The Czech National Bank (CNB) took aggressive actions to burst a potential real estate bubble before it gets too big on June 12 by increasing the banks capital buffer rate to 1.5% effective from July 1, 2019 and tightening lending policies on mortgages effective from October 2018. The CNB introduced a raft of tough prudential rules to ensure that consumers don’t overload themselves with debt. The regulator recommended that banks set an overall recommended limit on indebtedness to nine-times the total yearly income of the mortgage applicant, and limit the debt repayment load to 45% of the applicant’s monthly net income.
These recommendations are non-binding, but banks usually follow the central bank’s recommendations. CNB warned earlier that loans exceeding eight-fold and 40%, respectively are risky. Current measures are a bit more relaxed, but still tough, critics say.It has sparked heated discussion about CNB policy in three main categories: impacts on the financial sector, society and the property market.“The Czech financial sector has developed highly favourably since spring 2017. According to the CNB’s aggregate assessment presented in the macro-prudential dashboard, it has maintained a high level of resilience to possible adverse shocks,” the CNB said in its Financial Stability Report 2017-2018, also published on June 12.
“This is being fostered mainly by the maintenance of sufficient capitalisation, stable funding sources and an extensive buffer in the form of quickly available liquidity.”The CNB has chosen to act as it sees tangible risks in excessive optimism that has driven house prices up on the back of the buoyant economy. The financial sector has peaked and created obvious cyclical risks, mainly related to a boom in property prices and the growing size of mortgage loans in proportion to wages. Czech housing prices expanded faster that anywhere else in the EU throughout most of 2017.“The average year-on-year growth rate of apartment prices was almost 16% in the individual quarters of 2017. The year-on-year growth started to slow slightly in the fourth quarter of 2017 but remained relatively high. At the same time, apartment prices considerably outpaced wages, so the affordability of apartments deteriorated,” CNB said.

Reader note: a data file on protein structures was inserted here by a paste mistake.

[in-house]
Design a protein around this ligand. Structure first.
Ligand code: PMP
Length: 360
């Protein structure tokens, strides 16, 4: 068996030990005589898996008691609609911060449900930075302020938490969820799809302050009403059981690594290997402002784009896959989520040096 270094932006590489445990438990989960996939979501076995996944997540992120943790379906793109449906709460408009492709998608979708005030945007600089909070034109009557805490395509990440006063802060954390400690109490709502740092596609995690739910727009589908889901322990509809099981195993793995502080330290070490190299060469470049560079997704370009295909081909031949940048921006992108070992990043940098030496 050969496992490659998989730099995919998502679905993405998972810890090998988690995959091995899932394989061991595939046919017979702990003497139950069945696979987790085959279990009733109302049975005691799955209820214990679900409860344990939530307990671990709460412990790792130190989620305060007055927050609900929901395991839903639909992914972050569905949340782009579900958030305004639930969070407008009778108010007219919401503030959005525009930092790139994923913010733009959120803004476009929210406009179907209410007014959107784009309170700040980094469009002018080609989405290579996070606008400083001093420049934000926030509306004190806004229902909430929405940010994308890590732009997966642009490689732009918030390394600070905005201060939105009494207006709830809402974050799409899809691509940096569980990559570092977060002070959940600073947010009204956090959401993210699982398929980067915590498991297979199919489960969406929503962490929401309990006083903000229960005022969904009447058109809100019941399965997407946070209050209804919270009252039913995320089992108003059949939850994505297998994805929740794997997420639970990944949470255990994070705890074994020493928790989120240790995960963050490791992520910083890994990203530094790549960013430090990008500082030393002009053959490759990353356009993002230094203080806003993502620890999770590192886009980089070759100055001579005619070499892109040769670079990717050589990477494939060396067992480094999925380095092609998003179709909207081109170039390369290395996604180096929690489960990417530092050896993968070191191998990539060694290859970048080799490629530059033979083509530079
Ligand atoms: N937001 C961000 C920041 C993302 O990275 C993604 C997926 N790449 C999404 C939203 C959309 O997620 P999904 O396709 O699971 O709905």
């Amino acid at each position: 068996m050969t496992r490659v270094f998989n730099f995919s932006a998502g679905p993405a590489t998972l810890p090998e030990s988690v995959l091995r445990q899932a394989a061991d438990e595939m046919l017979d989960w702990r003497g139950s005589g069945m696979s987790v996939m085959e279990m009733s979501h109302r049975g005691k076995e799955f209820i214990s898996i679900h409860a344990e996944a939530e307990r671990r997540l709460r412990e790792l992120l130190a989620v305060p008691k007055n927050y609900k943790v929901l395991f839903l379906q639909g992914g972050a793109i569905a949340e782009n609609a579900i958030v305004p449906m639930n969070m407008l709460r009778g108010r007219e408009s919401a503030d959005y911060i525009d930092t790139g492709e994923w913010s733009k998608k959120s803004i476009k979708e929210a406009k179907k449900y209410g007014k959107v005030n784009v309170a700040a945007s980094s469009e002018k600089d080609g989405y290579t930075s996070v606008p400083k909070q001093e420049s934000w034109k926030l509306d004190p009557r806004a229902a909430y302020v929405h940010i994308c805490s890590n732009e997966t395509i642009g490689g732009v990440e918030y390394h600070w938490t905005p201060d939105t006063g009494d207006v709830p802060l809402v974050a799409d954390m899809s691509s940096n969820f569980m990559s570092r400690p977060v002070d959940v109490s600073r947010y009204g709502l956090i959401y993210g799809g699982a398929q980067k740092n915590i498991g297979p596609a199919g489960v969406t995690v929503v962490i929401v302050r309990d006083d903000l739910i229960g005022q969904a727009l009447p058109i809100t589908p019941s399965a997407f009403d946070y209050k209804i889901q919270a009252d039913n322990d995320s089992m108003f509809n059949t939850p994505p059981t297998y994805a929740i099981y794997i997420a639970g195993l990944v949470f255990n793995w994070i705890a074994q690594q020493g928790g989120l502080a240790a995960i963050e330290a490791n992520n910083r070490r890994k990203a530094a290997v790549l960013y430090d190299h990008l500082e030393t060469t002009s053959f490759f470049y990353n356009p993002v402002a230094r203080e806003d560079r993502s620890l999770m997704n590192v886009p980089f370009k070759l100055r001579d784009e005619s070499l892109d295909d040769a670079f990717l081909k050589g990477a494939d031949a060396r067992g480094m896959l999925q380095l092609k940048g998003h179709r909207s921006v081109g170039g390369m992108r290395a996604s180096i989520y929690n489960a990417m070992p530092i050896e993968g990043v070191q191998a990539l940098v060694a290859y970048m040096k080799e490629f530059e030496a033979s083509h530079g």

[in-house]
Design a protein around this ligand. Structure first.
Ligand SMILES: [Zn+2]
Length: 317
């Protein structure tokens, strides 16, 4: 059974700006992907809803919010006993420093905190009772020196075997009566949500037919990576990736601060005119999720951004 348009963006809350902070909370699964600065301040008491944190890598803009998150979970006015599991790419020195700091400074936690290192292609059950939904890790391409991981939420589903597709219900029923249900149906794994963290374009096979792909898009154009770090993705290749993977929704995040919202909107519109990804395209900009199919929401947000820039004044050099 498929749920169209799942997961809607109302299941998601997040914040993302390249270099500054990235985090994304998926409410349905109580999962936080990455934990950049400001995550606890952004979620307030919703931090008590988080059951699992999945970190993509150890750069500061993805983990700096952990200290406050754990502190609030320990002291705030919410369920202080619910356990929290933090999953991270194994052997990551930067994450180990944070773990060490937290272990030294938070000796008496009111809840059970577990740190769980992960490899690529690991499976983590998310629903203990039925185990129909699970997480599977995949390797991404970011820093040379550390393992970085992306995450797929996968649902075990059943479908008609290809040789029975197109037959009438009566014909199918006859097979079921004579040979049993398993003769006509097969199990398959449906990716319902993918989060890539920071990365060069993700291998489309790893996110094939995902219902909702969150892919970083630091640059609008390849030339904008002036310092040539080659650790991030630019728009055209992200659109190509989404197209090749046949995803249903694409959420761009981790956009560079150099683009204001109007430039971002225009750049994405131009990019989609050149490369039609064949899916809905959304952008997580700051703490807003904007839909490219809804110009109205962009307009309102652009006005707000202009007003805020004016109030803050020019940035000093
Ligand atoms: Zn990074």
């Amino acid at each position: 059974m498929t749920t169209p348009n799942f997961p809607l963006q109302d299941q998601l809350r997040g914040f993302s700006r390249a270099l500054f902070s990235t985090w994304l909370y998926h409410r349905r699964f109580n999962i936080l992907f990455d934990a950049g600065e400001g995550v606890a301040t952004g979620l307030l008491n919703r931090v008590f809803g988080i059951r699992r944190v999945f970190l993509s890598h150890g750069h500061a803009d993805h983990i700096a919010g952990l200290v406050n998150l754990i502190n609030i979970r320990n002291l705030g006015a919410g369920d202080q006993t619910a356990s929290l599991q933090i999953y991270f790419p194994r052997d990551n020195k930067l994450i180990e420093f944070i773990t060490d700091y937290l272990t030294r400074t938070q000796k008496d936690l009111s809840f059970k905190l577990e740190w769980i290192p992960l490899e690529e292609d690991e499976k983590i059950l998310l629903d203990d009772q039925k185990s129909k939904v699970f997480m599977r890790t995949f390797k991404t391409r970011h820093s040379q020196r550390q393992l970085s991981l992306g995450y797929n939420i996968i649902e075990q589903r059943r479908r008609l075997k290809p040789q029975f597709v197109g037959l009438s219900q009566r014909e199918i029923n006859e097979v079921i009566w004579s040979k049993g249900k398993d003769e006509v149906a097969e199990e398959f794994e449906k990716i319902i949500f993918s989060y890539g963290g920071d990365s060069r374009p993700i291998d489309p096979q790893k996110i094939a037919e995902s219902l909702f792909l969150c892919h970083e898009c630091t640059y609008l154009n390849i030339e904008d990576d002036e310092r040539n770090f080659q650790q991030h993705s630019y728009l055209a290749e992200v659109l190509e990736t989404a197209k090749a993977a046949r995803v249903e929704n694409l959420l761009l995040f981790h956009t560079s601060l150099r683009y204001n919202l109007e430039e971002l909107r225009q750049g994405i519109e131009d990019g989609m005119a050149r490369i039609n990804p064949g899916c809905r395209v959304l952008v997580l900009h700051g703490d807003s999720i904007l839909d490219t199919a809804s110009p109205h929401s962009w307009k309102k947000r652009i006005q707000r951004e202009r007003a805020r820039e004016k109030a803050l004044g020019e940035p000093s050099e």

Analysts have said a nascent real estate bubble is already receding and could soon burst. But the growth in prices is still a worry, especially in Prague, where AirBnB is driving out regular tenants and the rate of issuing construction permits for new apartments has long outstripped demand.In response, the CNB has slammed on the brakes and issued very conservative recommendations, in effect saying, “We won’t let the 2008 crisis happen again.”Both the CNB governor Jiri Rusnok and vice-governor Vladimir Tomsik have reiterated the point. “There is warning information considering the ability of an applicant to pay back loans from ordinary income. Almost one-tenth of provided loans were what we consider risky,” Tomsik wrote in a commentary for the Czech business daily Hospodarske noviny.“Debtors are getting more vulnerable. If the economy worsened, households would get into trouble with repayments. And there is a greater probability that riskier applicants will apply for mortgages,” Rusnok said.
Often-cited Cyrrus chief analyst Lukas Kovanda criticized CNB policy in a piece for Czech business daily E15. He argues that the central bank, obsessed with financial stability, is creating bigger problems by only tackling the superficial ones, which the free hand of the market would solve on its own.Czech banks were in good financial standing during the 2008 crisis, and there was no need for public money to come to their rescue, Kovanda said, yet their reward is greater CNB regulation, which will hurt business. Rusnok anticipated such criticism in an interview for Radio Plus on June 11. “It is our policy, and we have to do it. I know that financial institutions won’t be happy.”
Analyst Lukas Kovanda warns the CNB policy could lead to a black market in residential real estate and usurious practices. CNB governor Jiri Rusnok said that there has been a “fetishization” of home ownership. “It is a bit off the wall. And I understand it is reminiscent of the previous [communist] regime. But in Germany maybe 50%, even less, of the people own their homes. In Czechia, it is 70%-80% and there are notions it is almost a human right to have your own home and quite early on. It is not like that”, he told Radio Plus.
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Lukáš Kovanda, Ph.D., je český ekonom a autor ekonomické literatury. Působí jako hlavní ekonom Trinity Bank. Analyzuje a komentuje makroekonomická témata, investice i nové fenomény typu sdílené ekonomiky, kryptoměn či fintechu. Přednáší na Národohospodářské fakultě Vysoké školy ekonomické v Praze.
Je členem vědeckého grémia České bankovní asociace.